Neuroscience finally finds the answers to what makes us happy, or let’s say in a more scientific way, what makes our ‘brain’ happy. A researcher who has done his doctorate in neuroscience and the writer of The Upward Spiral, Alex Korb, has a wonderful recommendation for simple things you can do every day to feel happier.

1. Listen to the music you listen to in the happiest moments of your life.

Music influences the brain in an interesting way; it can remind you of the times you’ve listened to that music before. Was it the university you were most happy with? Listen to your favorite music then, you will be happier and carry out your pleasure.

“One of the strong effects of music comes from its ability to remind us of previous environments in which we were listening to that music. That’s really mediated by this one limbic structure called the hippocampus which is really important in a thing called “context dependent memory.” Let’s say college was the happiest time of your life. If you start listening to the music that you were listening to at that time, it can help you feel more connected to that happier time in your life and makes it more present.”

2. Smile!

If you feel happy, it makes you smile. But this could be as well; when you smile, your brain perceives it and says “I am smiling then I am happy”.So happiness makes you smile, a smile can bring happiness. You feel bad? Smile anyway. Smile as much as you can until you really smile. In fact, research shows smiling gives the brain as much pleasure as 2000 bars of chocolate, or $25,000.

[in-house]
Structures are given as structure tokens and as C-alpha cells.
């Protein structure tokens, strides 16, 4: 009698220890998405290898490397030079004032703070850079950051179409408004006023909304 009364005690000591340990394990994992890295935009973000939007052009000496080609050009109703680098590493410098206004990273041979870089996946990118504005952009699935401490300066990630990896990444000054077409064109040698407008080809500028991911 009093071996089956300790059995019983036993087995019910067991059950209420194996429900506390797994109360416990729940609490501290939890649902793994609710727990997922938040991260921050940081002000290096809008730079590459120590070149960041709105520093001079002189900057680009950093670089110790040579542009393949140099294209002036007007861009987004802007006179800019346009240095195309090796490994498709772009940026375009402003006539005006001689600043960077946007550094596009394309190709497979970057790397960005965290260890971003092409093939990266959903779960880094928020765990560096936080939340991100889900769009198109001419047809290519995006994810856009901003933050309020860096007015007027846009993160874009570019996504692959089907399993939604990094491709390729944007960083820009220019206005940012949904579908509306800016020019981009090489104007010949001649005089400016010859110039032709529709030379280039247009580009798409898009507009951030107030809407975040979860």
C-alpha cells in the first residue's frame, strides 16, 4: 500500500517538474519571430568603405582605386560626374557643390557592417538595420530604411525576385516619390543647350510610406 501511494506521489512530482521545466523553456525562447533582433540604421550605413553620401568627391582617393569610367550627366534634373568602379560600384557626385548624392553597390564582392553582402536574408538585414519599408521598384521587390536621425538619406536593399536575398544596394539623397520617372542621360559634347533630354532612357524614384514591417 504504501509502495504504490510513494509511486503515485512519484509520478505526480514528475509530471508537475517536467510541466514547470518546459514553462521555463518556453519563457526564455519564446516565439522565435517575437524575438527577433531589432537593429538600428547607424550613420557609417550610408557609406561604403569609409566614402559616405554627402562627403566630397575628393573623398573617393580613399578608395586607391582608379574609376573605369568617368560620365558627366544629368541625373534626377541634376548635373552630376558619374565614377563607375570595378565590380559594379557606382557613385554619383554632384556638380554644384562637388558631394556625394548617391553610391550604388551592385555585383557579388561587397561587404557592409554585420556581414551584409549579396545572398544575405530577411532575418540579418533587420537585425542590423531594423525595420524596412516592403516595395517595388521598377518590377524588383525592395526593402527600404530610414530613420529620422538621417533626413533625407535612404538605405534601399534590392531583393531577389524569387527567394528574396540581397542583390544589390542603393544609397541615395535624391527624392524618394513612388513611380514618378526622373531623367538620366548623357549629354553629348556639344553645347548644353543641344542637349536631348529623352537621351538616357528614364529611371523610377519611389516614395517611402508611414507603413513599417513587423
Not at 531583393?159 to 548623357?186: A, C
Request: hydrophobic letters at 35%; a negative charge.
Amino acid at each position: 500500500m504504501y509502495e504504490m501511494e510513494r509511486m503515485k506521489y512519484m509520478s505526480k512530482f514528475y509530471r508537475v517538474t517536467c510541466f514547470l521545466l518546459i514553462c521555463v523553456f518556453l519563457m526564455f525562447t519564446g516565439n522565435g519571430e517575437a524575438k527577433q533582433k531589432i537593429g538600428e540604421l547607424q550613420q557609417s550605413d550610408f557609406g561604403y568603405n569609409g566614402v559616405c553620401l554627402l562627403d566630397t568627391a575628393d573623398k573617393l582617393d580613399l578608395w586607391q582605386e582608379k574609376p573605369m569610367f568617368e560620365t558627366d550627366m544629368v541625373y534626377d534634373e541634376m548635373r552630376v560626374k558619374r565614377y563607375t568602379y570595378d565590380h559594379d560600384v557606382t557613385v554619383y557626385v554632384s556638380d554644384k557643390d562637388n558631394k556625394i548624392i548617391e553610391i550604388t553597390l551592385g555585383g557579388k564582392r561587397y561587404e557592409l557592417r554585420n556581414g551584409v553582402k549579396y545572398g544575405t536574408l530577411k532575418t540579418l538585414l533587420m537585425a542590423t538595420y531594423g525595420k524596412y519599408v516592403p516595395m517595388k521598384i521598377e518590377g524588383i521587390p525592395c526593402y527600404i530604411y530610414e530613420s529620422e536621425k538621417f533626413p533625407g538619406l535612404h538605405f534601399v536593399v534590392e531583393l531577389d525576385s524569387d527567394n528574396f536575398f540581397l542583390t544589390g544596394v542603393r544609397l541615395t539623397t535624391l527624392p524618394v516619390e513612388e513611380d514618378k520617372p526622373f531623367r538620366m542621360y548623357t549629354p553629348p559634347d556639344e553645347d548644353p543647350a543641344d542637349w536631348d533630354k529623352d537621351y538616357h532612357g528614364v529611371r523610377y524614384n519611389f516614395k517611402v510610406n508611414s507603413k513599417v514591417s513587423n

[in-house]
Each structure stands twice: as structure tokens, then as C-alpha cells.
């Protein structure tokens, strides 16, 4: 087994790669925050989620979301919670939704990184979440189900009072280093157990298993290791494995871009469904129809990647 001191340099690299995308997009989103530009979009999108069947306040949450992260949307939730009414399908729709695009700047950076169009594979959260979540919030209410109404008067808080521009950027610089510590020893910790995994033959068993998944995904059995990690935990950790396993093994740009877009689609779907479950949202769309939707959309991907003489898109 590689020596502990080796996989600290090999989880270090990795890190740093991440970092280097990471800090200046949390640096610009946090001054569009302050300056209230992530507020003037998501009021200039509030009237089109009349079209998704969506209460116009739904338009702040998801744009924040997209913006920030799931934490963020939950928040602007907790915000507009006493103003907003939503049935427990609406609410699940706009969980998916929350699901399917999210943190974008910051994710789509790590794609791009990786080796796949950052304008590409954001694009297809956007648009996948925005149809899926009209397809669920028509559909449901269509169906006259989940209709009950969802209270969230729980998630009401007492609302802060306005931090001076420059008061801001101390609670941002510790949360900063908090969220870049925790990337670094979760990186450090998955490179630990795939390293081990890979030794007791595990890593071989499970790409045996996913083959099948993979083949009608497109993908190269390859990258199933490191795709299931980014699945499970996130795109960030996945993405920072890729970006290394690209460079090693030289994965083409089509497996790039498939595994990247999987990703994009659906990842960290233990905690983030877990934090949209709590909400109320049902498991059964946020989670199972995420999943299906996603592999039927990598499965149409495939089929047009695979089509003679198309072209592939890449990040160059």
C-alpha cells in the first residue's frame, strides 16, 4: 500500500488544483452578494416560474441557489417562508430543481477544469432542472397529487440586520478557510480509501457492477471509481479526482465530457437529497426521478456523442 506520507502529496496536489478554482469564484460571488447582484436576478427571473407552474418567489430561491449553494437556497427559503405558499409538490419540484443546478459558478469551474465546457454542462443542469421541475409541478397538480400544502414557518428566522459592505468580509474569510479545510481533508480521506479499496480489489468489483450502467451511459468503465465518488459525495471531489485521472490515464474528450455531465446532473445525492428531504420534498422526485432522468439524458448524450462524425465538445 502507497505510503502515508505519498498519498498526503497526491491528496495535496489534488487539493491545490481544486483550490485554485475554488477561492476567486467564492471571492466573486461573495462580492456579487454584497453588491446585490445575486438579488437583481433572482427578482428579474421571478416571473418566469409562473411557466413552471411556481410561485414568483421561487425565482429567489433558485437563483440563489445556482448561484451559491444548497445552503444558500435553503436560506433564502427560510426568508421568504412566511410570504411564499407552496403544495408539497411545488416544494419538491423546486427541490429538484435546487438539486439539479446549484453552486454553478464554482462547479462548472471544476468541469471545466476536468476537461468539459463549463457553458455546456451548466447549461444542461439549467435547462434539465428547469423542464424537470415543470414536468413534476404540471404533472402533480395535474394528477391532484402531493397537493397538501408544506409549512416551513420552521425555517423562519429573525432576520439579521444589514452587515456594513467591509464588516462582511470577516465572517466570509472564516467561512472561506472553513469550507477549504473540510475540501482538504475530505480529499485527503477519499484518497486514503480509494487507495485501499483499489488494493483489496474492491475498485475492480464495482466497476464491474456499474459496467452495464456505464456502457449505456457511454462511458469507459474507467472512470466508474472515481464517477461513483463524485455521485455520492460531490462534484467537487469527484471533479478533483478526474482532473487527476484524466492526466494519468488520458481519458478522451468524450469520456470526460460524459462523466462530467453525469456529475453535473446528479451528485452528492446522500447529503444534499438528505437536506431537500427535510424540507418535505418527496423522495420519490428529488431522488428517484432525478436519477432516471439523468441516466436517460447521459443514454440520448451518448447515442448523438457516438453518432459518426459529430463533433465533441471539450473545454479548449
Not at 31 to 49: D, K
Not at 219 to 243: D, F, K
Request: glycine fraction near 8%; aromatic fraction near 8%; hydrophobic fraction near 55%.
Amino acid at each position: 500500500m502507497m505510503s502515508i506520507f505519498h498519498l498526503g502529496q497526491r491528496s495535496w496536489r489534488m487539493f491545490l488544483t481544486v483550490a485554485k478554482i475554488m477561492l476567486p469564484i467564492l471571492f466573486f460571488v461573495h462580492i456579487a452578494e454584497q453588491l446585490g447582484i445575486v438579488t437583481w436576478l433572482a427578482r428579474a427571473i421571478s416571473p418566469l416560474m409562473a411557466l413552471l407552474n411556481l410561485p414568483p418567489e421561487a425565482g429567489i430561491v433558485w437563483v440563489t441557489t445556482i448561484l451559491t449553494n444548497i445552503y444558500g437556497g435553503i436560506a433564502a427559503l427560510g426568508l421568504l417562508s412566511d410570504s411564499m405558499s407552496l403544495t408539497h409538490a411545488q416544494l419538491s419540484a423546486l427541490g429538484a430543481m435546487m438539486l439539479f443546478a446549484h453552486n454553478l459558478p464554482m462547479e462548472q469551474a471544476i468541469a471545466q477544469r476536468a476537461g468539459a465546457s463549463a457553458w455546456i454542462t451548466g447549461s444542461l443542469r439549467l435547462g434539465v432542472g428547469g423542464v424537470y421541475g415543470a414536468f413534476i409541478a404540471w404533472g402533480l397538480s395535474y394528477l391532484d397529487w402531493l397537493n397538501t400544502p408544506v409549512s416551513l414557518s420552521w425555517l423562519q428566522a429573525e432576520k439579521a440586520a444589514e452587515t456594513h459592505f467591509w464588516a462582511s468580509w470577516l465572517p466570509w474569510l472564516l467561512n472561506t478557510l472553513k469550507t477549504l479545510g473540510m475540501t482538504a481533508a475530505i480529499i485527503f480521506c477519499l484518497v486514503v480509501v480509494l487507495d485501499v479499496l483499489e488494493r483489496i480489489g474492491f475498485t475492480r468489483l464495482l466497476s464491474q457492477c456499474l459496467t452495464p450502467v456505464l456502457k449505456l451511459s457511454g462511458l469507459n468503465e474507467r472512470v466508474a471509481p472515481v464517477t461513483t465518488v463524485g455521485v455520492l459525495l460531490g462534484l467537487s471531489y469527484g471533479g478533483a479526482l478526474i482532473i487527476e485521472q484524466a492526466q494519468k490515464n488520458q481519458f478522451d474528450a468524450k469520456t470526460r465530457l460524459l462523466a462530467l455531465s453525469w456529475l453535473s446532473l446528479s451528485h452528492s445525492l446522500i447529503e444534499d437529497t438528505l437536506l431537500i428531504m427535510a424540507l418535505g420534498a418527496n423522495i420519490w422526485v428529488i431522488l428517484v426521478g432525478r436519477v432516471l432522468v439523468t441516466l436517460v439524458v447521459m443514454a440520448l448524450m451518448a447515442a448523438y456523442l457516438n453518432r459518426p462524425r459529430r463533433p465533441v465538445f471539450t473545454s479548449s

3. Thinking about your goals will change how you see the world.

Researchers flashed a bunch of circles on a screen in front of study subjects. One of the circles was always slightly different than the others. It was brighter or smaller, etc.

But when they told people to prepare to point at or try to grab the circles something crazy happened

If they thought about pointing at the circles, they became better at noticing the brighter circle.

If they were told to think about grabbing a circle, it was easier for them to identify the smaller circle.

What’s that mean? Having a goal literally changed how they saw the world.

So when you’re feeling stressed or challenged, think about your long-term goals. It gives your brain a sense of control and can release dopamine which will make you feel better and more motivated.

4. Get your sleep well.


We all know how depression affects people’s sleep. What is interesting is actually this is in two directions; bad sleep also causes depression. Alex says:

They took all these people with insomnia and followed them for a few years and it turned out that the people with chronic insomnia were much more likely to develop depression. Depression causes sleep problems but sleep problems are also more likely to lead to depression.

So how do you improve your sleep? Alex has a number of suggestions:

Get bright sunlight in the middle of the day. At night, try and stay in a dimly lit environment. Having a comfortable place to sleep and having a bedtime ritual so that your brain can prepare to go to sleep are also good. Trying to go to sleep at the same time every night and keeping a gratitude journal can also improve your sleep.

5. How Neuroscience Beats Procrastination.

If you want to build good habits and stop procrastinating, the first thing to do is reduce stress. (The best ways to do that are here.)

Procrastination is often a vicious circle because you delay, then you have less time to complete the project, so you get more stressed, procrastinate more, have even less time, which makes you even more stressed and… well, you get the idea.

So what’s the answer? After a little something to reduce stress, find one small thing you can do to get started. This focuses you and prevents the overwhelm that knocks the prefrontal cortex out of the conversation.

Featured image: Pexels
Reference: Time